You may notice that the bootdisks used by major distributions such as Slackware, RedHat or Debian seem more sophisticated than what is described in this document. Professional distribution bootdisks are based on the same principles outlined here, but employ various tricks because their bootdisks have additional requirements. First, they must be able to work with a wide variety of hardware, so they must be able to interact with the user and load various device drivers. Second, they must be prepared to work with many different installation options, with varying degrees of automation. Finally, distribution bootdisks usually combine installation and rescue capabilities.
Some bootdisks use a feature called initrd (initial ramdisk). This feature was introduced around 2.0.x and allows a kernel to boot in two phases. When the kernel first boots, it loads an initial ramdisk image from the boot disk. This initial ramdisk is a root filesystem containing a program that runs before the real root fs is loaded. This program usually inspects the environment and/or asks the user to select various boot options, such as the device from which to load the real rootdisk. It typically loads additional modules not built in to the kernel. When this initial program exits, the kernel loads the real root image and booting continues normally. For further information on initrd, see your local file /usr/src/linux/Documentation/initrd.txt and ftp://elserv.ffm.fgan.de/pub/linux/loadlin-1.6/initrd-example.tgz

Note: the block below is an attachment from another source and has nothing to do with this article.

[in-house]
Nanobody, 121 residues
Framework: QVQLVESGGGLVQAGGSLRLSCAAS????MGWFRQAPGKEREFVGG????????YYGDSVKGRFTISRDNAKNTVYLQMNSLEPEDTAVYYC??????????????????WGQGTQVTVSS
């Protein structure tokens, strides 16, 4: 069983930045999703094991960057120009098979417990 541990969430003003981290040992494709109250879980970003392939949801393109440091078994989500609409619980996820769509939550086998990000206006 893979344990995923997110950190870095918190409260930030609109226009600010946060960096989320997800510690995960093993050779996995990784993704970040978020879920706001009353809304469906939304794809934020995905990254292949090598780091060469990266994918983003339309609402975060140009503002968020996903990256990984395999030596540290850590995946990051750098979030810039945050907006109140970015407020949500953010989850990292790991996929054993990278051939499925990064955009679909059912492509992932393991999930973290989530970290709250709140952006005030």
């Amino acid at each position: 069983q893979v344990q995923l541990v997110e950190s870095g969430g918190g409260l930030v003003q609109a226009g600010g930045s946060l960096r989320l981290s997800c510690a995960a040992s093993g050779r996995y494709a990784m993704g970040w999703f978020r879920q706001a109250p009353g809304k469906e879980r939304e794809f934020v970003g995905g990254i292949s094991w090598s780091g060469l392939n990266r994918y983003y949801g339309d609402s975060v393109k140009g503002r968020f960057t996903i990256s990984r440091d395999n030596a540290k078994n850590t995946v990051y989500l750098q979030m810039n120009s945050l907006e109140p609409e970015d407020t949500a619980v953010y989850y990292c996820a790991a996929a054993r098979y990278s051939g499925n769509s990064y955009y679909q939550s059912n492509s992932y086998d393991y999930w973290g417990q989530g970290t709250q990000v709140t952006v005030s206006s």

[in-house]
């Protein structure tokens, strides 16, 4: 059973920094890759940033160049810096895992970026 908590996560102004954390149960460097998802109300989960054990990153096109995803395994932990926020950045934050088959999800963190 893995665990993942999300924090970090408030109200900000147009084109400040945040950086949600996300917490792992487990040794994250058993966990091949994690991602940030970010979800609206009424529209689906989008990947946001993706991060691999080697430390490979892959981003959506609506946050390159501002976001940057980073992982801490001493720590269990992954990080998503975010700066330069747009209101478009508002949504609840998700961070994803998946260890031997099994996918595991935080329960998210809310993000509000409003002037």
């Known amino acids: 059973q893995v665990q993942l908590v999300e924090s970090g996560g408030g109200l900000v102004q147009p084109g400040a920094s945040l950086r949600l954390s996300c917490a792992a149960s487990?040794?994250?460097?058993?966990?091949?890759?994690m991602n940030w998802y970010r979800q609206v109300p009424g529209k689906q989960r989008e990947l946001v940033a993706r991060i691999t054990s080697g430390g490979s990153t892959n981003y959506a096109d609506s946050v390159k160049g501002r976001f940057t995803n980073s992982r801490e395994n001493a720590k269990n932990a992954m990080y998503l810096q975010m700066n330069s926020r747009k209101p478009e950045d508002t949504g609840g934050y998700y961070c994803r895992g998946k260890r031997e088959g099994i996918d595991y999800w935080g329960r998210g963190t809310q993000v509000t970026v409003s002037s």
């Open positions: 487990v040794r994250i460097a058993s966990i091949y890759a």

The following are summaries of how each distribution's installation disks seem to work, based on inspecting their filesystems and/or source code. We do not guarantee that this information is completely accurate, or that they have not changed since the versions noted.
Slackware (v.3.1) uses a straightforward LILO boot similar to what is described in Section 6.1. The Slackware bootdisk prints a bootup message (“Welcome to the Slackware Linux bootkernel disk!”) using LILO's message parameter. This instructs the user to enter a boot parameter line if necessary. After booting, a root filesystem is loaded from a second disk. The user invokes a setup script which starts the installation. Instead of using a modular kernel, Slackware provides many different kernels and depends upon the user to select the one matching his or her hardware requirements.
RedHat (v.4.0) also uses a LILO boot. It loads a compressed ramdisk on the first disk, which runs a custom init program. This program queries for drivers then loads additional files from a supplemental disk if necessary.
Debian (v.1.3) is probably the most sophisticated of the installation disk sets. It uses the SYSLINUX loader to arrange various load options, then uses an initrd image to guide the user through installation. It appears to use both a customized init and a customized shell.